As currently framed, however, the debate does not focus on many of the main issues of contention for citizens. In this time of political flux following Brexit and the other issues of concern with the outlooks of certain states, there is a danger that a very simplistic narrative might be peddled by some that a federal Europe can ameliorate the ills of the European Union. The first flaw in this argument is that so many recent studies show a consistent majority of citizens in Europe who support not the transfer of further powers to Brussels but, rather, the contrary. For our part, Sinn Féin wants to see an EU that is guided by democratic principles and based on the premise that it is by states working together as equals on matters of mutual interest that we can best serve all citizens of the EU. As witnessed by our extensive efforts on Brexit, we believe that Ireland's place is at the heart of Europe. However, this does not mean we will ignore failures of the European institutions as they relate to Ireland. What is required going forward, in line with the sentiment of the Taoiseach's third point, which I read out, is for powers to be left with member states, but not only that: we should interrogate whether some powers might be transferred back to member states. The European Union needs to begin listening to citizens in a genuine way and to uphold their interests. We need to move away from a very bureaucratic, centralised model which benefits the few towards a social Europe which reflects the interests of ordinary workers and families. This is the only way we will address the imbalance of power and the democratic deficit at the heart of the European project.
In the spirit of the four principles he enunciated, what does the Taoiseach have to say, for example, on the issue of protecting Ireland's position of military neutrality and an independent, progressive foreign policy? What does he have to say, or what is his starting point, on advancing a debate in respect of social solidarity and equality? What is his big idea - or the big idea of the Government - in a Brexit scenario and then a post-Brexit scenario, of bridging that very deep democratic deficit that some might argue - and convincingly - was a major trigger and contributing factor to the success of the Tory Brexit campaign?
It is always fascinating to read the Taoiseach's or anyone else's views. Having had the chance to look at his speech in Leuven on the future of Europe, I believe there are many questions one could ask. In general terms - we have had references to this previously during Taoiseach's questions - all of us need the opportunity to talk about the future of Europe. There is an ongoing debate on the future of Europe. The Minister of State at the Department of Foreign Affairs and Trade, Deputy McEntee, is involved in dialogue throughout the country regarding the matter but we do not have any real discussion on it in this House. The number of significant issues the Taoiseach has tabled merit detailed responses and interactions that would be very useful, including to our own people. Quite often, we have internal debate on matters of very fundamental importance to people and then end up with a treaty that the people know nothing about. We ask them to come up to speed in a matter of weeks on issues that may have been discussed over many months and, in some cases, years. We need that debate.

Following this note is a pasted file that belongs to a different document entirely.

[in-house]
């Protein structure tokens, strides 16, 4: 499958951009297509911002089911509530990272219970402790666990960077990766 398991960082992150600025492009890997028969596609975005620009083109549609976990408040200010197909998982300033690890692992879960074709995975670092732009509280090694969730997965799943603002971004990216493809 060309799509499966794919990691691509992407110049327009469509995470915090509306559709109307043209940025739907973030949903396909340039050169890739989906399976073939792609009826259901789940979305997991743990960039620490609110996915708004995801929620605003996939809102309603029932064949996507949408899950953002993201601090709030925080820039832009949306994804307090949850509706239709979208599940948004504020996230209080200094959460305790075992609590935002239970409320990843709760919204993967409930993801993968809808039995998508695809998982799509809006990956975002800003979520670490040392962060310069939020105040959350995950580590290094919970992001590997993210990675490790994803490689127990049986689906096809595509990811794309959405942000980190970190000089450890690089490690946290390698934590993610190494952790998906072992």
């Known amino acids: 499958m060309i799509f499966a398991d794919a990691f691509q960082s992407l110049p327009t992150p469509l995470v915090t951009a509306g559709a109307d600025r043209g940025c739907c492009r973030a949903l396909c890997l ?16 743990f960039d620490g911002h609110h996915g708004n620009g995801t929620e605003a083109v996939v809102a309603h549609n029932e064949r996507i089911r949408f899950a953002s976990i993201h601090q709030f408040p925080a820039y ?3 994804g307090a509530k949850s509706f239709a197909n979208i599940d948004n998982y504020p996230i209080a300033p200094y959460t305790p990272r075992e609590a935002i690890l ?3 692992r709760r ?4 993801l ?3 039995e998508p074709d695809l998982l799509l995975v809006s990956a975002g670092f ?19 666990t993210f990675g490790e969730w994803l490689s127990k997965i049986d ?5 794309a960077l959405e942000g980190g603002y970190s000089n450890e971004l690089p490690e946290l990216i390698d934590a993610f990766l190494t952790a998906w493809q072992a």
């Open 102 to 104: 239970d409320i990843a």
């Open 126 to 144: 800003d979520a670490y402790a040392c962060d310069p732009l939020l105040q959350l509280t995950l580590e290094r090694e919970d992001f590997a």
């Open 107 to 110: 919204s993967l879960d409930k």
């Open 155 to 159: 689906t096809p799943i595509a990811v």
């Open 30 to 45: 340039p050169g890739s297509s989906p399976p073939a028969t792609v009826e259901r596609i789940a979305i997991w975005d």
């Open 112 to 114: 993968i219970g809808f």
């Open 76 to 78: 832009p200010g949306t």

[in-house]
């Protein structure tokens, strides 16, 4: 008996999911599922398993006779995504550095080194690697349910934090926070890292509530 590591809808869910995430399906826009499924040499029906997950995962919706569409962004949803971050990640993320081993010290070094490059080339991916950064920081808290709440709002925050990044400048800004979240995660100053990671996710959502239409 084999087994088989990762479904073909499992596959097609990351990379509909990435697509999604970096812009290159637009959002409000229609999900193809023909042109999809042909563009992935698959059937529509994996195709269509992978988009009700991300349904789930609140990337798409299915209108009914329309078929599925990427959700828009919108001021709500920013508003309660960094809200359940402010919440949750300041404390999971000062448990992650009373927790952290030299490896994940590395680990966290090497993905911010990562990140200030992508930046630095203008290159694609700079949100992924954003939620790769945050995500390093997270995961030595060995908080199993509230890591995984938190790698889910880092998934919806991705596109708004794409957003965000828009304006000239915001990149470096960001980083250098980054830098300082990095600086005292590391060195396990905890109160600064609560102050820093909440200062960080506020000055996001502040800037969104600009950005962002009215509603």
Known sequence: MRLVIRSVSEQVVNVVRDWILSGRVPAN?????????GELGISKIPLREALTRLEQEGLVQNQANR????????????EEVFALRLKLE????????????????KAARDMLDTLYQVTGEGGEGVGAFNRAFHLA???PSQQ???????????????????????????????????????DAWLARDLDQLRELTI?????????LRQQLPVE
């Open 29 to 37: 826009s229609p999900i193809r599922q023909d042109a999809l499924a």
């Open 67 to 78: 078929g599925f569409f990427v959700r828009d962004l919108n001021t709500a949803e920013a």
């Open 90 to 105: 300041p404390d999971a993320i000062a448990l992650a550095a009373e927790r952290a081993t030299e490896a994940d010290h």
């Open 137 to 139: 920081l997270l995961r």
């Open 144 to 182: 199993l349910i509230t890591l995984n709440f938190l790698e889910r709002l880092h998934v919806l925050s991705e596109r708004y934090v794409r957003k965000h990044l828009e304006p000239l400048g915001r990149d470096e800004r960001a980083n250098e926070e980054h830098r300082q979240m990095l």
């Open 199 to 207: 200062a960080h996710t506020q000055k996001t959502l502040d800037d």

I wish to ask the Taoiseach specifically about one aspect of his speech on which I would be interested in hearing his views. He said:
I support calls for the establishment of a common asylum policy and system, to replace the current one which is clearly not working. A small number of countries are shouldering the responsibility of providing refugees with a fresh start in Europe.
All of us can and must do more.
Ireland, along with the UK, opted out of the reception conditions directive, as the Taoiseach knows, and we are semi-detached members of the common European asylum system in many ways. We are singed up to the Dublin regulations and Eurodac, but out, as I said, of the reception conditions directive. What role does the Taoiseach see Ireland playing in the new common European asylum system to which he referred?